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March 18, 2013

CUMMINS: Our nation should see a doctor

(Continued)

The government and insurance didn’t help you back then, but the “non-profit” hospital does everything for you now. Most hospitals don’t make a profit, but the people inside them do. It’s simple, they charge whatever they want to. 

“Bitter Pill — Why Medical Bills Are Killing Us” by Steve Brill is a recent and lengthy feature article in “Time,” magazine, which explains why we all might die sooner than we should. Maybe not, but our nation might crumble like Greece and Rome did if health care costs continue exploding.  Brill spent seven months thoroughly examining our health care system. He cited many cases including 64-year-old Janice S., who felt chest pains. The $900 ambulance roared to the $17,000 emergency room to see the $3,000 doctor. The good news, she had indigestion; the bad news, it cost her $21,000. Emilia G., a 66-year-old school bus driver, fell and blood oozed from her nose. She rushed to the emergency room for tests, scans and a 15-minute examination. Three CT scans cost $6,538. Medicare would have paid $825 for all three. The good news, a hairline fracture of her nose. The bad news, her nose cost her $9,418, which she’s paying off at $25 per week.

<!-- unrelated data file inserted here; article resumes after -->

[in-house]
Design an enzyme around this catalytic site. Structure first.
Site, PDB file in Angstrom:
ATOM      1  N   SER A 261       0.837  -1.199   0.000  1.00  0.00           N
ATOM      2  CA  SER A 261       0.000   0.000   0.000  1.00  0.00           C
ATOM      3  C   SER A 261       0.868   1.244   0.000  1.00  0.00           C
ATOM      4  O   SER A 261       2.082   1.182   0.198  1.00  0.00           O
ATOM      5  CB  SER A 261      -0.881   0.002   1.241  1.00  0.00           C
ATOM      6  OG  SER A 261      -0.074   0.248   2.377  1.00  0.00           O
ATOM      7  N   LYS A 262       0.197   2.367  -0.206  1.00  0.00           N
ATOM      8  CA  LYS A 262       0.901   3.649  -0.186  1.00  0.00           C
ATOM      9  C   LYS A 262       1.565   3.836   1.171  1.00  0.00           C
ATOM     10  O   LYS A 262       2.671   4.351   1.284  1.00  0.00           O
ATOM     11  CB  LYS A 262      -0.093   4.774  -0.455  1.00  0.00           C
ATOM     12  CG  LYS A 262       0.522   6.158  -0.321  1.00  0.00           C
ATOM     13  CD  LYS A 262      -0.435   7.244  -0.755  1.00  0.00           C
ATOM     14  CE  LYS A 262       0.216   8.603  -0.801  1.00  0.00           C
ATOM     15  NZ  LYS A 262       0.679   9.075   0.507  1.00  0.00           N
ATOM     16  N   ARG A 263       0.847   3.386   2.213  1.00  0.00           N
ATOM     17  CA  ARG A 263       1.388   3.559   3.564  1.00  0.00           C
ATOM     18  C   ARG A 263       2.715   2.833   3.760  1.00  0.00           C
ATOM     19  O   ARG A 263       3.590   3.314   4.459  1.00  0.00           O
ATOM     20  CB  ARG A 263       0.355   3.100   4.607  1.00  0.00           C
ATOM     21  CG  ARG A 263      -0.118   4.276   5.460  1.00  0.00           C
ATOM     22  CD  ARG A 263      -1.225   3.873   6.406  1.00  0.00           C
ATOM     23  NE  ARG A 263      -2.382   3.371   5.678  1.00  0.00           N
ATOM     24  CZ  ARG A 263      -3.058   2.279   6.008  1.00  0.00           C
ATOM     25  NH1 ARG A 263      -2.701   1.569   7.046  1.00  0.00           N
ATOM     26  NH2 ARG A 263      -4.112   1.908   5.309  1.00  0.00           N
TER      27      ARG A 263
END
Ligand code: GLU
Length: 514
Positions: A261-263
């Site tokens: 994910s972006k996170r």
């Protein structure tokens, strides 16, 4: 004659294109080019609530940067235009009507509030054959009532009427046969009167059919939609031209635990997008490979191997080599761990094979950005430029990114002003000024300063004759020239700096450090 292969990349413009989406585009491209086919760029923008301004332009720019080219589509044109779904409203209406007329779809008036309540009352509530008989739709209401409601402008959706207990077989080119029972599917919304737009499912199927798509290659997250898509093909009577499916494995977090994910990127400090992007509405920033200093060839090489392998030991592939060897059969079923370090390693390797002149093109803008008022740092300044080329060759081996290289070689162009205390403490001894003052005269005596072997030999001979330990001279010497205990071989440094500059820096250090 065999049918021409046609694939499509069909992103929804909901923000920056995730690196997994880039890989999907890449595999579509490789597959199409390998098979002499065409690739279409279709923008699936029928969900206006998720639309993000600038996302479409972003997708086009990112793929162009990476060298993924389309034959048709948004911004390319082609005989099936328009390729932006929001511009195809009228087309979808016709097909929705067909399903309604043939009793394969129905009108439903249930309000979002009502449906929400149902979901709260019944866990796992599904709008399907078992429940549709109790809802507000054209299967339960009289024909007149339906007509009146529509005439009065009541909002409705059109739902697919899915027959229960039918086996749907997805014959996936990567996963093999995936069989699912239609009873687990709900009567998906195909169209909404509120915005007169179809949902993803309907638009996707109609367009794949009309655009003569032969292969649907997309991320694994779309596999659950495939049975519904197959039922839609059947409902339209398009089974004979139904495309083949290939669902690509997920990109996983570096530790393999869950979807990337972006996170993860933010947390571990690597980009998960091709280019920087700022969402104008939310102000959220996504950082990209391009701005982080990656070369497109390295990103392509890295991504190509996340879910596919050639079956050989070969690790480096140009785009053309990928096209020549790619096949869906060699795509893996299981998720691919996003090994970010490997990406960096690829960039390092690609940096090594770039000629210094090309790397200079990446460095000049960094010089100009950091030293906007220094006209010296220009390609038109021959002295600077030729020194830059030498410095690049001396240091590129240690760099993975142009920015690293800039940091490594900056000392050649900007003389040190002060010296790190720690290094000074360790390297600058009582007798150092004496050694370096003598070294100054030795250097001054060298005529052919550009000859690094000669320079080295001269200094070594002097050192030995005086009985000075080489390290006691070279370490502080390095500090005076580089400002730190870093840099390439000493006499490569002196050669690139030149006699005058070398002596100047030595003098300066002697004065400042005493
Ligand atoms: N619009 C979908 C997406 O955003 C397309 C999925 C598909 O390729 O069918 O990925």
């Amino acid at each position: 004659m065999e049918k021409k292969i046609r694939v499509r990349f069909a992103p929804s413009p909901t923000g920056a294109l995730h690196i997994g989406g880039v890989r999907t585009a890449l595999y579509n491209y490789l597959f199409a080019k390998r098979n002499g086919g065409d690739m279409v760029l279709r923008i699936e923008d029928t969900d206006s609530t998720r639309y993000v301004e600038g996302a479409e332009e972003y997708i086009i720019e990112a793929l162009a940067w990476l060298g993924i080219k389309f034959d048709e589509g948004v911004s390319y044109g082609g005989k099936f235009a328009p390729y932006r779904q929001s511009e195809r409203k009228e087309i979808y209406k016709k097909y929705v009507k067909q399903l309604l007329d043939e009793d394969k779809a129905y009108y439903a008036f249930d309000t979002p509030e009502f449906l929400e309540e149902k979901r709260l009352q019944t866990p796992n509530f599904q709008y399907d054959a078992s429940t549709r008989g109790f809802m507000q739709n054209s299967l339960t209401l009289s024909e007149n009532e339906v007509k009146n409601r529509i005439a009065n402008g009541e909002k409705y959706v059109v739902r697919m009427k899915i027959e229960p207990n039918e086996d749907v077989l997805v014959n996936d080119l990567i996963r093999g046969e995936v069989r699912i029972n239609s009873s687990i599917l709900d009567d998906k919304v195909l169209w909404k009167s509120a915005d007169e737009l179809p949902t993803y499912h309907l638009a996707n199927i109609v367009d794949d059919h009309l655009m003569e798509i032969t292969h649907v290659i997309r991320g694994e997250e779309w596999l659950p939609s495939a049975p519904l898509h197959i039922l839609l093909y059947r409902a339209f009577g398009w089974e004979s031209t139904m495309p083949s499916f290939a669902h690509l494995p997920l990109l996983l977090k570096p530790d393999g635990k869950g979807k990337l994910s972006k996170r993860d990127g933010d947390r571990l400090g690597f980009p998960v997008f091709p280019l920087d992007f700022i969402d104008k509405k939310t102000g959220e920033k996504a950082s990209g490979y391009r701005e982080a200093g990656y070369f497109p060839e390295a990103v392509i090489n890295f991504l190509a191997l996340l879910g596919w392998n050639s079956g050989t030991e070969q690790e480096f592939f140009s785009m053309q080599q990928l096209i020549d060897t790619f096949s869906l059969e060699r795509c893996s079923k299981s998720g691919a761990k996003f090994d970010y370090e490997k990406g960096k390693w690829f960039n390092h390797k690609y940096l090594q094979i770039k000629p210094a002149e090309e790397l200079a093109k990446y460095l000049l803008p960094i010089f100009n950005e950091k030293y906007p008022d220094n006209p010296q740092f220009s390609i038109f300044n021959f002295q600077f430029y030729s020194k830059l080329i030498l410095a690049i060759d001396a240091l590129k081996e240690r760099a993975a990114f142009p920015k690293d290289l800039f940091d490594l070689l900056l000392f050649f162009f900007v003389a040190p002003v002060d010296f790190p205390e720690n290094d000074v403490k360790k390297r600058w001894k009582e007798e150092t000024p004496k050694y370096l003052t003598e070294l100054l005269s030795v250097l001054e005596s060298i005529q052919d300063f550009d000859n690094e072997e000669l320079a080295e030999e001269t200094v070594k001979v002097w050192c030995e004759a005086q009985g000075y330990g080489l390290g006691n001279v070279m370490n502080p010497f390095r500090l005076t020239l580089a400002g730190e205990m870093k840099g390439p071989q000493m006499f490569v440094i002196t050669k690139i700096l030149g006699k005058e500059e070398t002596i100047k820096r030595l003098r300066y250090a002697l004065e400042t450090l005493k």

Get a serious illness and you’ll need gold bullion. Brill cited Steve H., who had a severe back problem. A one-day outpatient stay cost him $89,000. He was charged $308 for four boxes of sterile gauze pads, but the big-ticket item was a $49,237 Medtronic stimulator implanted in his back. 

Although our health care, not the system, is outstanding in many respects, the “non-profit” hospitals rake in millions. It’s capitalism at its finest with a little politics thrown in. Congress knows what is best for you, because “health” lobbyists buy, I mean, guide them. Brill cites the Center for Responsive Politics, which revealed that the pharmaceutical and health-care-product industries combined with other health services spent $5.36 billion on lobbying in Washington since 1998. It’s more than double what the military-industrial complex and oil companies contributed. 

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